Excluded Property Trust

Hi, anyone seen proposed changes to IHT Act 84 and section on Excluded Property Trusts?

We have a client who was UK born, lived abroad and adopted Swiss Domicile.  Whilst there opened an Excluded Property Trust (advised by a Swiss adviser).  Has since returned to UK and now UK res and Domicile.

HMRC proposals are saying:

The second aspect of the reforms to restrict access to non-dom status are the proposals which will affect those individuals who were born in the UK with a UK domicile of origin but who have acquired a domicile of choice elsewhere. The government does not believe that those individuals who were born in the UK with a UK domicile of origin should be able to benefit from the non-dom regime while they are resident in the UK. Legislation will be introduced so that from April 2017, an individual in this position will be treated as having a UK domicile of origin for tax purposes while they are resident in the UK.

The intention is that if the individual returns to the UK, they will be taxed as a UK domicile while they are resident here for tax purposes. The individual will continue to be treated as not domiciled in the UK while they are not UK resident.

This group of individuals will be treated as having a UK domicile for tax purposes. This means there will be no protection for offshore trusts, either in terms of the tax on income/gains in the trusts or for IHT purposes. The excluded property trust rules for IHT will be changed so that they do not apply in these circumstances. This will be the case even for trusts that are set up offshore while the individual was not domiciled or resident in the UK (and would therefore be excluded property for IHT purposes under the current rules). So if an individual caught by this test acquires an overseas domicile and then sets up an offshore trust while non-UK domiciled, once that individual becomes UK resident the assets in that trust will cease to qualify as excluded property and would be liable to inheritance tax charges.”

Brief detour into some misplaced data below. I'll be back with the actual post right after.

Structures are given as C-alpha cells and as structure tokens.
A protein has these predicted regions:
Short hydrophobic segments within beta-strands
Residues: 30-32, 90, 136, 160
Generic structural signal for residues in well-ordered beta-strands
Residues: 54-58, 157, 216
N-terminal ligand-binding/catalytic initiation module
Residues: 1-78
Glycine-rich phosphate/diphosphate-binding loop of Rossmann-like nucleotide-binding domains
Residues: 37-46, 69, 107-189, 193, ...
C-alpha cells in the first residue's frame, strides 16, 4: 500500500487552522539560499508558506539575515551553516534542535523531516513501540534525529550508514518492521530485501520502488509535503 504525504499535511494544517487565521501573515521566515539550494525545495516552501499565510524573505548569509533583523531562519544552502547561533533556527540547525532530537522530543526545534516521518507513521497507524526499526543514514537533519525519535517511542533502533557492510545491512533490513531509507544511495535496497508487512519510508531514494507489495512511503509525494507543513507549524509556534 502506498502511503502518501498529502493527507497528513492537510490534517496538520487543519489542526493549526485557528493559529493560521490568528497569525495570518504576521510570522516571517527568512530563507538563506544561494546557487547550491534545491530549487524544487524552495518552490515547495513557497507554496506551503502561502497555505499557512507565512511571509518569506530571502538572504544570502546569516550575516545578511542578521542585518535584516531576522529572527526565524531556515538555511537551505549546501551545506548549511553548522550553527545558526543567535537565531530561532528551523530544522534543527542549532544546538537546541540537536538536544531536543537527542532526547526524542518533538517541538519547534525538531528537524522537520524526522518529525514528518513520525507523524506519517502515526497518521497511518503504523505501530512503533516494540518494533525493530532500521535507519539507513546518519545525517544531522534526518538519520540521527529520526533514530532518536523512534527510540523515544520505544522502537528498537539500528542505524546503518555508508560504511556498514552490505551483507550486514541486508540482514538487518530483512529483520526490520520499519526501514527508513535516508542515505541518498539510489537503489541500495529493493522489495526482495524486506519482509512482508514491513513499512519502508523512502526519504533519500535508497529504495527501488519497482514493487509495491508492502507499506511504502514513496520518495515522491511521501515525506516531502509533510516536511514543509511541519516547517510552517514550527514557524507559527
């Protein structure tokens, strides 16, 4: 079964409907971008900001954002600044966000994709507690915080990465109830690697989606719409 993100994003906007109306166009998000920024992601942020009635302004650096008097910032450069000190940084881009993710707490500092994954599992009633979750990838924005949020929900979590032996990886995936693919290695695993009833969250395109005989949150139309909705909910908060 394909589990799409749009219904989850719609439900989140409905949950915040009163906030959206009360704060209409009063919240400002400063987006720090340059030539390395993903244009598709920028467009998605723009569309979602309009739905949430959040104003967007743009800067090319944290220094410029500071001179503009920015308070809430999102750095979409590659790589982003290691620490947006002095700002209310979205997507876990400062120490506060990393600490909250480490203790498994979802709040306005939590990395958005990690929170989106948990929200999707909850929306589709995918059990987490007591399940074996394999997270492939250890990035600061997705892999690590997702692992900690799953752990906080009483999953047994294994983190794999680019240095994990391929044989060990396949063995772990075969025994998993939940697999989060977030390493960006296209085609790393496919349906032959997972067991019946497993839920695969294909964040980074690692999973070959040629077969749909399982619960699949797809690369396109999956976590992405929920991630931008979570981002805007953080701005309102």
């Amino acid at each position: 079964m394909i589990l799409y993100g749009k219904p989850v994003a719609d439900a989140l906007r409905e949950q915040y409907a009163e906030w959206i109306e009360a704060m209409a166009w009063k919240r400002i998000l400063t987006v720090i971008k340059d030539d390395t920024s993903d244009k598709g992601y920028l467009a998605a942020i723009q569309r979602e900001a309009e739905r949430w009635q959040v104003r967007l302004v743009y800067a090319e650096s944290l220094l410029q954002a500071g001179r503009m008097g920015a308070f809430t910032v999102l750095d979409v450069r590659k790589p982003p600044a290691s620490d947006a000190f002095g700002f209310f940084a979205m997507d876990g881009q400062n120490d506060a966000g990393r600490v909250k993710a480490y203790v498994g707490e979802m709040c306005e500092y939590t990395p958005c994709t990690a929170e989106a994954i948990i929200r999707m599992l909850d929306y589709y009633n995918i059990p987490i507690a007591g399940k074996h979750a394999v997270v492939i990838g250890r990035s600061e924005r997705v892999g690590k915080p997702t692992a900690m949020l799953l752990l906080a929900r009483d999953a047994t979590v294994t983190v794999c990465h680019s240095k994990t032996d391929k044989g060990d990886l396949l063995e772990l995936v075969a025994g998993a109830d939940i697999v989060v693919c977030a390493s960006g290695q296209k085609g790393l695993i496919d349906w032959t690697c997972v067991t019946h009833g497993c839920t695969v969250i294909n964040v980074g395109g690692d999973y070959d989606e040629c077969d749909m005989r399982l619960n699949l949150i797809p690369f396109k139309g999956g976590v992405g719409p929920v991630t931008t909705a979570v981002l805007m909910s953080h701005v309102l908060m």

If these proposal come to fruition I think he is up the river without the necessary and his £1.6M trust assets are IHT-able (alongside a whopping chargeable gain if he surrenders the offshore bonds).

Any ideas thoughts.  EIS away some of the chargeable gain, perhaps some BPR too to get stuff outside estate ASAP.  DGT / Flexible Trust the rest and hope he survives 7 years...?


  • STEP raised this in August 2015 (as this was part of the 2015 summer budget). In the STEP briefing it talks of the situation being where the underlying asset was UK based but was wrapped around an offshore excluded property trust by a non dom to avoid UK IHT.

    I'm not sure that an offshore trust with an offshore asset created with non uk wealth and not legally owned by the client is caught by what HMRC are trying to do.

    Might be worth discussing with Pru or Royal London 360 as both have excluded property trusts.

    (Just another thought; what was domicile of your client's father? Then, depending on circumstances client may never have been UK domiciled in the first place.)

    Would be interested to learn what Pru / RL360 say though.